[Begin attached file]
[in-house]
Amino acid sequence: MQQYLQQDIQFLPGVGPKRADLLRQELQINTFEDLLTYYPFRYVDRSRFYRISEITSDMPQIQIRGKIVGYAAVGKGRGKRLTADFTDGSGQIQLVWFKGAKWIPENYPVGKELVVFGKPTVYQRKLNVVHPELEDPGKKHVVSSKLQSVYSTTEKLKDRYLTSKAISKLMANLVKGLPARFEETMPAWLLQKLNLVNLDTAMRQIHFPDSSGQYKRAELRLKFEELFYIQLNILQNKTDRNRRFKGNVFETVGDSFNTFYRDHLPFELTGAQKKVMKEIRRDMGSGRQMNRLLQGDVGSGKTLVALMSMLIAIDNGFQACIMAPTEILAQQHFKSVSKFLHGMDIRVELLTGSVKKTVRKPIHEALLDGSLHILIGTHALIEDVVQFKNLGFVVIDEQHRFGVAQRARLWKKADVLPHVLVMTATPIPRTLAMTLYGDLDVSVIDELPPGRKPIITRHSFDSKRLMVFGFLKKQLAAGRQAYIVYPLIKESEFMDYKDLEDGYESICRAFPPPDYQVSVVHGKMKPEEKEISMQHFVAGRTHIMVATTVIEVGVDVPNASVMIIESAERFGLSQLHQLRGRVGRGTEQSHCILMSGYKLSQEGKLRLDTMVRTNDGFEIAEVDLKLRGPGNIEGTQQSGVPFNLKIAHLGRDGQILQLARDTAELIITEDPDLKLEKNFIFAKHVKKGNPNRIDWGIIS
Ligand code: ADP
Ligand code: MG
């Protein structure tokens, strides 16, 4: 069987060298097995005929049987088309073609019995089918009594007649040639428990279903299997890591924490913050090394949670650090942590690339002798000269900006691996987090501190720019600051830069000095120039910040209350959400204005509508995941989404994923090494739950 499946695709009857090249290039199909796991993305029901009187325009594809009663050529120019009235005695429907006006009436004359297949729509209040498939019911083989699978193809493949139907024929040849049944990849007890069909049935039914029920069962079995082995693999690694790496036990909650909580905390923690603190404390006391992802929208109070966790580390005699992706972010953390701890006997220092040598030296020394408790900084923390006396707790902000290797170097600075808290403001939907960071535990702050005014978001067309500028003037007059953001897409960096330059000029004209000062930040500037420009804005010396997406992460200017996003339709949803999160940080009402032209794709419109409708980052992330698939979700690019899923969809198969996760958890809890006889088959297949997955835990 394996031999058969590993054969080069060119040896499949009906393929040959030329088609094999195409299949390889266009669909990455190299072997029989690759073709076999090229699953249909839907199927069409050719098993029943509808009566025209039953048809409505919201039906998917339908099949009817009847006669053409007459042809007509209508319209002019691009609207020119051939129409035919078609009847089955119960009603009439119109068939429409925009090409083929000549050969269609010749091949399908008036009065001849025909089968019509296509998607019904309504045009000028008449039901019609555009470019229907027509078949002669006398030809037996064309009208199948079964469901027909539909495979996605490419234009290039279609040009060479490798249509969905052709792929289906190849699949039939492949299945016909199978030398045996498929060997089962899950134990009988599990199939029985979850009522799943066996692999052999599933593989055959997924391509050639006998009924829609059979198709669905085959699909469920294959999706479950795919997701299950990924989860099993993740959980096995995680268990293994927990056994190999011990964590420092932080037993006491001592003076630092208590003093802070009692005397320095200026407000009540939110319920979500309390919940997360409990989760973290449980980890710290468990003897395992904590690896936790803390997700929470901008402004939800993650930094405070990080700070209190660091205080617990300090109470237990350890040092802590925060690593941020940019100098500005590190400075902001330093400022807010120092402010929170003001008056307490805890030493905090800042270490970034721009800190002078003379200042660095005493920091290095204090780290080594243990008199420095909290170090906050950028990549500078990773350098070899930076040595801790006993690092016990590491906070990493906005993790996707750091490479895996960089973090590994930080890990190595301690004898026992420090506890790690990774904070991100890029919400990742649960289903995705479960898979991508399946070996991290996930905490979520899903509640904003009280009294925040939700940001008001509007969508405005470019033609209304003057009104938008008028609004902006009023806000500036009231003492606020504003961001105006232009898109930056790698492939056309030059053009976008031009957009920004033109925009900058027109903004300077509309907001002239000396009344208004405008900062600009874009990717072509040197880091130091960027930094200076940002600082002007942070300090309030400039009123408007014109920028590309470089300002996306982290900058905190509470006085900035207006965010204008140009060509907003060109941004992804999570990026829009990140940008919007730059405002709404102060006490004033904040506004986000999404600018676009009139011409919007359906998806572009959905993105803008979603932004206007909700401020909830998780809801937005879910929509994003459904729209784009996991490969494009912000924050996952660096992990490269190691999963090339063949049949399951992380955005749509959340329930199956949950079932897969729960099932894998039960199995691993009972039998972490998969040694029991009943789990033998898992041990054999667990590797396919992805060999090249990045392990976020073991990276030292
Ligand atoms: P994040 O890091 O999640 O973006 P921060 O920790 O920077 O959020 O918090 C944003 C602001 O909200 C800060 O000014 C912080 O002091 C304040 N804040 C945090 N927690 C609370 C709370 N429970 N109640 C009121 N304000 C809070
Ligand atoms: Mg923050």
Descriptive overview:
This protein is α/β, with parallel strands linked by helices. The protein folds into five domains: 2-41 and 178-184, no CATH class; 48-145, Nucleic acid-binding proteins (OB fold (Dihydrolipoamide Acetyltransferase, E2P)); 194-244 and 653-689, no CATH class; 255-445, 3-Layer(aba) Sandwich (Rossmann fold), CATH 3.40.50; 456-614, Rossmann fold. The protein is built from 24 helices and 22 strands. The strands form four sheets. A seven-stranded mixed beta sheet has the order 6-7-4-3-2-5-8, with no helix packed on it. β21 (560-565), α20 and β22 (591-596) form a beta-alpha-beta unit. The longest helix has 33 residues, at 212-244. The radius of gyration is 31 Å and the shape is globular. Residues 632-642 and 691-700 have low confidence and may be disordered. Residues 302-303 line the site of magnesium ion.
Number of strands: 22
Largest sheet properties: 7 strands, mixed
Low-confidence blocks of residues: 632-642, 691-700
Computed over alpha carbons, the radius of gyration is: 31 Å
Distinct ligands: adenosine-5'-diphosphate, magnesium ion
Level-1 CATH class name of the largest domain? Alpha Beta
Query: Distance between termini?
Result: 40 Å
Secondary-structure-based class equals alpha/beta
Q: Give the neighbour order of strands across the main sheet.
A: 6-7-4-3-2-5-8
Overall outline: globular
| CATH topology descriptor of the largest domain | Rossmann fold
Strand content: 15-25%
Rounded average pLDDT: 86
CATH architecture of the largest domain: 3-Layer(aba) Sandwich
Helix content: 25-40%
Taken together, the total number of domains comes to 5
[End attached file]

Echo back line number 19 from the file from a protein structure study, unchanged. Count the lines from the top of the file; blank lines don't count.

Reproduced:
Q: Give the neighbour order of strands across the main sheet.